Lessons from studies in South Asia and Sub-Saharan Africa on improvement of basic medical education and related health services

Main Article Content

Mushtaq Ahmed Cameruddin W. Vellani


South Asia and Sub-Saharan Africa are facing rapid proliferation of medical schools especially in the private sector stimulated by demand for doctors in the mainly curative private health sector. Accreditation has failed to stem declining standards of basic medical education and its increasing irrelevance to national health care needs. Medical graduates tend to opt for careers in high paying specialties and frequently migrate to Western countries for career progression and a better organized lifestyle.

However, some recent developments hold promise for improvement and are potential solutions to the problem: (a) the trend towards decentralization of health systems favours strengthening of district health services that hold the key to serve populations equitably, with district hospitals as hubs for integrating clinical care and Primary Health Care; (b) the trend towards diversification of basic medical education to district health services is potentially beneficial for both as they are interdependent; and (c) the realization that accreditation of health professional education must influence health outcomes through practice provides the impetus to improve related health services.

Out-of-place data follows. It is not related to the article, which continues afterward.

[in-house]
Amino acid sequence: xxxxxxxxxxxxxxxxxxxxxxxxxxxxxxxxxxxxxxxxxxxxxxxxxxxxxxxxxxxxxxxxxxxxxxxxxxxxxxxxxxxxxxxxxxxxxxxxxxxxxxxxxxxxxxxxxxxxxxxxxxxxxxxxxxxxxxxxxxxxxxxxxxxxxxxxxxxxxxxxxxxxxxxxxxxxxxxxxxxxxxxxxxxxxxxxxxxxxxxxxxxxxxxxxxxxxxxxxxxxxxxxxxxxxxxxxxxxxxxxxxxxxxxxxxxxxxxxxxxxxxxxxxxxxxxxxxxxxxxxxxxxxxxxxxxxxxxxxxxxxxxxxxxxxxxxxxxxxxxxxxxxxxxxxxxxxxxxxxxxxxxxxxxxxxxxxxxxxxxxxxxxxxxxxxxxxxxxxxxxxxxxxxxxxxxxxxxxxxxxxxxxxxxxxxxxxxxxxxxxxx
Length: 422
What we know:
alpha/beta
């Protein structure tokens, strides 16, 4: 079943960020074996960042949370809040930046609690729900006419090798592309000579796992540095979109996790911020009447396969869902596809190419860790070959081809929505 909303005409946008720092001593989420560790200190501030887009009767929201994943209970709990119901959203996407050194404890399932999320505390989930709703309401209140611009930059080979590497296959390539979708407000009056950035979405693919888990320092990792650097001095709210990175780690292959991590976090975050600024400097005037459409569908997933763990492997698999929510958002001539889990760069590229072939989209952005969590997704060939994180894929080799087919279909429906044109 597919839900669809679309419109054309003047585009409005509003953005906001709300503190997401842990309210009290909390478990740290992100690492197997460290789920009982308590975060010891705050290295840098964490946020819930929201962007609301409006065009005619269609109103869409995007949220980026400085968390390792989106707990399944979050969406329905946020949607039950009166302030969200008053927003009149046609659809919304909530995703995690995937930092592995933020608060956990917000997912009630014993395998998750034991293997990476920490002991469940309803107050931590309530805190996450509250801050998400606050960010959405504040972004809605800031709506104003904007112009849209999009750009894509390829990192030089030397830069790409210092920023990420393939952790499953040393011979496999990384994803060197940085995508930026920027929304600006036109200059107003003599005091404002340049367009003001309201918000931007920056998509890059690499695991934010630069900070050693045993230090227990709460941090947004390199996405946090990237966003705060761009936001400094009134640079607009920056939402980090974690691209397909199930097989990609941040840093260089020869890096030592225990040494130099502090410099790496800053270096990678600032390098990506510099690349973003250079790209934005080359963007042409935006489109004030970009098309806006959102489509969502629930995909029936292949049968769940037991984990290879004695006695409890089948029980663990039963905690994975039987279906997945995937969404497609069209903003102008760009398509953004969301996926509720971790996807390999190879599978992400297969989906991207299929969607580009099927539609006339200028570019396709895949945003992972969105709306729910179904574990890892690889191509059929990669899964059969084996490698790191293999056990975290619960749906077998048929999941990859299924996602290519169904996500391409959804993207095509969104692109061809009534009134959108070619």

The aim of the present review was to find evidence of successful implementation of these measures in South Asia and Sub-Saharan Africa.

Evidence of improvements in performance and health outcomes from decentralization of health systems and strengthening of district health services is forthcoming, although provision and management of human and financial resources are challenging. Similarly, there is growing evidence from Sub-Saharan Africa that improvement of health professional education and quality of health care occurs when experiential learning is based at district level hospitals and its related health services; albeit the evidence is presently limited to externally supported projects.

Accreditation based on successful integration of medical education and health services, is the weakest link. Although there is growing pressure for national accreditation agencies to implement global standards of basic medical education, without the context of professional development associated with coordinated improvement in related health services the notion that global standards will improve health care lacks credibility.

Eventually, effective convergence of these measures is required if the daunting health challenges in South Asia and Sub-Saharan Africa are to be addressed sustainably.

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How to Cite
AHMED, Mushtaq; VELLANI, Cameruddin W.. Lessons from studies in South Asia and Sub-Saharan Africa on improvement of basic medical education and related health services. Medical Research Archives, [S.l.], v. 10, n. 7, july 2022. ISSN 2375-1924. Available at: <https://esmed.org/MRA/mra/article/view/2874>. Date accessed: 08 aug. 2022. doi: https://doi.org/10.18103/mra.v10i7.2874.
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